Haixia Wang, international teacher of the year, is a lecturer in the Chinese language at the Confucius Institute and has been teaching at the University of Helsinki for two years. Her first position as a teacher of Chinese was at a school in Arkansas, in the US. After American teenagers, teaching Finnish university students is a different experience.
“At first I was surprised when I couldn’t get the Finnish students to talk during class. I’d ask them a question and they’d just blush. I soon understood that that’s just what Finns are like, a little shy to speak. I do believe, however, that my own example can make a big difference. If I do something silly during a lesson, others will join in."
In her teaching, Wang employs many different web-based applications, and she has also developed games to help students practice their conversational skills – an area where Finnish students need a little extra support.
Wang praises Finnish students for their diligence.
“They are probably the second most hardworking students in the world, after the Chinese of course. Finns are particularly interested in the characters. Many consider them art and really apply themselves to studying them,” she says.
Haixia Wang has one wish: she would like the University to have new kinds of teaching facilities.
“I would like to try action-based teaching, but the current facilities don't allow it. The tables and chairs are in the way. I would like a classroom with no seats, where students could participate and be active, cook together for example. Learning would happen naturally alongside the activities.”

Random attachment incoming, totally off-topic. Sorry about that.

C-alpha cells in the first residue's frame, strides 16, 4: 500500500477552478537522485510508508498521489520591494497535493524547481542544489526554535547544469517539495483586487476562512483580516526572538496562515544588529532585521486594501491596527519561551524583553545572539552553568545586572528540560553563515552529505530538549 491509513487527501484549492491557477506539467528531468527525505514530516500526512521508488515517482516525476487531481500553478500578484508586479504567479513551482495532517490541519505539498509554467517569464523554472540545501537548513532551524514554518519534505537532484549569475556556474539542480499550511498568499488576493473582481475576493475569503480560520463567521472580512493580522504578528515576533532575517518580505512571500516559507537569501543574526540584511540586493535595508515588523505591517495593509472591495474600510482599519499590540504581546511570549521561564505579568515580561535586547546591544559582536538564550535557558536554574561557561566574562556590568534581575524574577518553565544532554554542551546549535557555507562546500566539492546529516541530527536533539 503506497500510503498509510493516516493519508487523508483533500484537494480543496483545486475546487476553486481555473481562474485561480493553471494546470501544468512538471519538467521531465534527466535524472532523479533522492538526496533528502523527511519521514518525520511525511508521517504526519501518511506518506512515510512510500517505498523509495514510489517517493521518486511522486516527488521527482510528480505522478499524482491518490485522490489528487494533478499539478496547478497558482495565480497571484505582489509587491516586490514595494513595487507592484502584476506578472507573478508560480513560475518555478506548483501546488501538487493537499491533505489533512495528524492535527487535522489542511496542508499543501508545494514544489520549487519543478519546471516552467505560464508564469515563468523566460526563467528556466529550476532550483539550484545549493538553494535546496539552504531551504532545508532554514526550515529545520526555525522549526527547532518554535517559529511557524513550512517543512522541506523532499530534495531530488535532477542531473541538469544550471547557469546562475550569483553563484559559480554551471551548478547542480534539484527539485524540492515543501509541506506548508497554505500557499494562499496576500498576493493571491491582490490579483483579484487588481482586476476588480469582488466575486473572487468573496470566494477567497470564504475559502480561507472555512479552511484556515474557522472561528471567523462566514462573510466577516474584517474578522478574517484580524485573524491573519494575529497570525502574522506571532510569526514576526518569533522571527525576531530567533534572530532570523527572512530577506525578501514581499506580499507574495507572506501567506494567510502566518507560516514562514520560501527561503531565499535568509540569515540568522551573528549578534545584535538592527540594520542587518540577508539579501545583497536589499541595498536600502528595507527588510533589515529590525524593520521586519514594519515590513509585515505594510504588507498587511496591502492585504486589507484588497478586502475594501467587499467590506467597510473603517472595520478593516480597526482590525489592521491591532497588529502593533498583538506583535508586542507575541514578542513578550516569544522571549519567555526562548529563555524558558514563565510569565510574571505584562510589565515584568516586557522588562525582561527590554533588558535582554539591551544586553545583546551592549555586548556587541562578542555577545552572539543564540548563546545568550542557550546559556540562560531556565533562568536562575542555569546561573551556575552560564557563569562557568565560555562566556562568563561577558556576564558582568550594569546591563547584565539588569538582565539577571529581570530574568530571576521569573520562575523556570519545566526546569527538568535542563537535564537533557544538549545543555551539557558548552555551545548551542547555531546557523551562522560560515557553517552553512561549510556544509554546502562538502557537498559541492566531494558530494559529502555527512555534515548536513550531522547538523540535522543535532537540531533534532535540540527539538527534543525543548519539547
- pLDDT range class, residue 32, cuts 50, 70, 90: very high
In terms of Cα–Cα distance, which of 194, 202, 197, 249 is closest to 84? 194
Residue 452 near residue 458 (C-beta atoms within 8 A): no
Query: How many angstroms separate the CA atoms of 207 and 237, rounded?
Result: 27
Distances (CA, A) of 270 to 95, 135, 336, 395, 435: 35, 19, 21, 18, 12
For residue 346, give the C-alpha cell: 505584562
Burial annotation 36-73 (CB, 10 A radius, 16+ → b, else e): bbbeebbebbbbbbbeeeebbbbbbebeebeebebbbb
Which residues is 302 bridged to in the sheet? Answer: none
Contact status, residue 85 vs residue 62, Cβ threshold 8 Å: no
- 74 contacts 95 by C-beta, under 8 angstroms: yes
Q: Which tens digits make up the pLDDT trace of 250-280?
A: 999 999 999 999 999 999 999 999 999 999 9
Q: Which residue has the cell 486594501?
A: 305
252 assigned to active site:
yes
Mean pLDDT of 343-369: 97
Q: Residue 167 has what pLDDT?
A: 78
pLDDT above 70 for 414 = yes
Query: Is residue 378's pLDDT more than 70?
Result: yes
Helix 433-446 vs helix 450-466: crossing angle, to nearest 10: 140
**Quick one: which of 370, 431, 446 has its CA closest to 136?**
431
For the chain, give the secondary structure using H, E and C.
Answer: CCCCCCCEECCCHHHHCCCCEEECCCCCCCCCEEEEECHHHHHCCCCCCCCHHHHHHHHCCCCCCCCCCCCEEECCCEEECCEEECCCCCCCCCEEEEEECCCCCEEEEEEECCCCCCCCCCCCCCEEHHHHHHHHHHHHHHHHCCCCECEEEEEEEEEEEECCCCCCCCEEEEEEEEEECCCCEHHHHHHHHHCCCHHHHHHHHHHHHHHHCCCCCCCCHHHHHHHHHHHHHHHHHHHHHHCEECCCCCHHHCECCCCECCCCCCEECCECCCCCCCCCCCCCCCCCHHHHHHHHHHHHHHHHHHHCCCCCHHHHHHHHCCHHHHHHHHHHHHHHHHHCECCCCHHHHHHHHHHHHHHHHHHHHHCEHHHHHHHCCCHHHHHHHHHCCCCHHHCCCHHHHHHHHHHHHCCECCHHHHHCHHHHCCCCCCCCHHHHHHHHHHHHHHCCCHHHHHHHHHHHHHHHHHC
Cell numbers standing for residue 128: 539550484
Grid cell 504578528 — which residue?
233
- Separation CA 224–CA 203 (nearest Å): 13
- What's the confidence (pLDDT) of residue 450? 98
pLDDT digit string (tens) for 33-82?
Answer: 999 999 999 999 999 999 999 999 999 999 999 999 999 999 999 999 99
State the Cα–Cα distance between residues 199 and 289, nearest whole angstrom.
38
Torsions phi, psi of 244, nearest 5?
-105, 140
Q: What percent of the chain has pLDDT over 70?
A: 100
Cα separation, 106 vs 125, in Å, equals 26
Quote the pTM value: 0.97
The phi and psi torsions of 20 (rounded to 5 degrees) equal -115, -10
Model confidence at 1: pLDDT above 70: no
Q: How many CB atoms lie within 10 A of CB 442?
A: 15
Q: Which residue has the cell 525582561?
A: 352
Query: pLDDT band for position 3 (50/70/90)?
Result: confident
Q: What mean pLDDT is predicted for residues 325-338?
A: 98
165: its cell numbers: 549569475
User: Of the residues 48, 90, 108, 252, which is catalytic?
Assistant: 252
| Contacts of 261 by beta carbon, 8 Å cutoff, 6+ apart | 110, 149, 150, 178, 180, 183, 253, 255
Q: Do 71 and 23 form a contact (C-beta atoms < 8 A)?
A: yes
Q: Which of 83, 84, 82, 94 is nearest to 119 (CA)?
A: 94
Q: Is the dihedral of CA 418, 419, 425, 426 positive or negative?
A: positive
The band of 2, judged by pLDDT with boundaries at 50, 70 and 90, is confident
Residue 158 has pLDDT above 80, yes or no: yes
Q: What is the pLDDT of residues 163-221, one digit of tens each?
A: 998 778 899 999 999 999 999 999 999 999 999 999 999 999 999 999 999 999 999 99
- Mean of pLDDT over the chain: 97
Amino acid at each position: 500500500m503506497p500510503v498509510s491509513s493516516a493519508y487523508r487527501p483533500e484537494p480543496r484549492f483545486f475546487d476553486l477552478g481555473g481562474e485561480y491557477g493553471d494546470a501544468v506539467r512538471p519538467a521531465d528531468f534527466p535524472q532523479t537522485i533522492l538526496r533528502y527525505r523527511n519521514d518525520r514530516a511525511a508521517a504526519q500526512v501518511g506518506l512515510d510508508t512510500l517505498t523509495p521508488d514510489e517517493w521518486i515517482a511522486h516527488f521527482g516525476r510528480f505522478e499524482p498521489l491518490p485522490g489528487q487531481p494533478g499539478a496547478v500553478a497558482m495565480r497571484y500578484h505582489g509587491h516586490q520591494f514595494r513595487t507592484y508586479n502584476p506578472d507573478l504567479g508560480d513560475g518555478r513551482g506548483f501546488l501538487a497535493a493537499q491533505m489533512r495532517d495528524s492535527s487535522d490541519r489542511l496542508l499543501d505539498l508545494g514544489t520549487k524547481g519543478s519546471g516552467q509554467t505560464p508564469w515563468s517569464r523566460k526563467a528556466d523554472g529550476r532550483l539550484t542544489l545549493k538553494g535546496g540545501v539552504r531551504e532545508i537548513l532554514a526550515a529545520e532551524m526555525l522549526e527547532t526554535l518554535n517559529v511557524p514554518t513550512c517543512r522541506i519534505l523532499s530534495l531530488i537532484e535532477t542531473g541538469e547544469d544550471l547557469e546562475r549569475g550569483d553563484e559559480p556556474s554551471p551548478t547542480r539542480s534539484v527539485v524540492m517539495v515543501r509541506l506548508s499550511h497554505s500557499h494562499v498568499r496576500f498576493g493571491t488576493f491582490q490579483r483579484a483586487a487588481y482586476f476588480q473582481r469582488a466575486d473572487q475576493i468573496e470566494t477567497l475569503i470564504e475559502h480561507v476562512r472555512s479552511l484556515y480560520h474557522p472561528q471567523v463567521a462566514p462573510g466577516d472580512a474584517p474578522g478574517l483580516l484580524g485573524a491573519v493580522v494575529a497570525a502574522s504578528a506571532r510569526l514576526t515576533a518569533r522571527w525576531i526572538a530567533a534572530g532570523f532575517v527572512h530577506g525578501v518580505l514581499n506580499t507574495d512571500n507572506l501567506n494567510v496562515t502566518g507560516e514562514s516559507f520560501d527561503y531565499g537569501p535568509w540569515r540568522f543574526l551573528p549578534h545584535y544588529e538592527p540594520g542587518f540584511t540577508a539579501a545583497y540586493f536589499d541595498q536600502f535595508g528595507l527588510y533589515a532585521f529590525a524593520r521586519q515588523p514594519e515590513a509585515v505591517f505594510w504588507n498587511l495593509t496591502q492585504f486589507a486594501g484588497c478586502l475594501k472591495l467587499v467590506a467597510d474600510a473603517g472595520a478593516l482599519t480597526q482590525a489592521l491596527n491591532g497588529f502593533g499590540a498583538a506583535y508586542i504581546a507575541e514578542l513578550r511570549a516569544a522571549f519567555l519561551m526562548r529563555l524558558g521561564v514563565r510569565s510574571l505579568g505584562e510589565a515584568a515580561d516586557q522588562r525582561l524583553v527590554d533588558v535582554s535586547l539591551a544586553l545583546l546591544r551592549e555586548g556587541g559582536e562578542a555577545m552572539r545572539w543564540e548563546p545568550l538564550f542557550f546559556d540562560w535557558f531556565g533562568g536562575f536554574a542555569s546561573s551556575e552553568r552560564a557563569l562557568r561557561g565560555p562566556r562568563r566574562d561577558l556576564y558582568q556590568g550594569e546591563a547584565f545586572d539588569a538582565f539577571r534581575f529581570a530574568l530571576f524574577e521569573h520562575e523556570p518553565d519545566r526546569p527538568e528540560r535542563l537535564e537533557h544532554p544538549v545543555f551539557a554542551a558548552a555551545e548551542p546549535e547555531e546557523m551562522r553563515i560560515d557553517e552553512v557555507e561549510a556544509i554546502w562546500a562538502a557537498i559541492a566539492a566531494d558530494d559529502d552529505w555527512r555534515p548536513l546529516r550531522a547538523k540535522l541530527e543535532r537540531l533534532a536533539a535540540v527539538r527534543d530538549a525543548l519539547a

An award and a contract extension
The award for international teacher of the year was a complete surprise to Haixia Wang.
“The award is a great honour, but I did not expect it at all. The leadership at the Confucius Institute have also been delighted of course. Our leadership is very supportive of us teachers and gives us fairly free rein. The award is one of the reasons I decided to extend my contract for one more year.”
Haixia Wang enjoys both her work and living in Finland. She has become a fan of rye bread, sour milk and Finnish nature.
“I never really experienced nature until I came to Finland. It’s not possible in China. You have something here that’s just incredible: the forest. During the weekends I like to go to the forest with my friends. I’ve also tried cross-country skiing and ice swimming."
An important language for the future
Aino Ropponen and Ville Vuorensola are studying Chinese at the Confucius Institute. They are both Master’s students, Aino in planning geography and Ville in history. Both had their interest in studying Chinese piqued by a visit to China. Aino visited Shanghai before coming to the University, and Ville went on an exchange to Hong Kong. Aino later also did a student exchange period in China.
"The most difficult things to learn about Chinese are tone and of course the system of writing. But the grammar is easy," says Aino Ropponen.
“Pronunciation is also easy for Finns. The grammar becomes more difficult in more advanced stages," points out Ville Vuorensola.
However, technology has come to aid students of Chinese, particularly in reading comprehension. It’s no longer necessary to learn the characters by heart, when students can simply draw an unfamiliar character on a touchscreen and instantly find out its significance and Western transliteration.
Aino Ropponen is currently working on her Master’s thesis, which was commissioned by a company with ties to China.
“I think I got the commission thanks to my Chinese skills, even though my thesis is not directly linked to China.”
Vuorensola’s Chinese skills have also helped him in his other studies – he is even writing his Master’s thesis on EU-China relations. He has also had a summer job in China, and he hopes to land a traineeship in Beijing.
“Studying Chinese can be frustrating sometimes, but I've never regretted doing it. And it is an important language for the future.”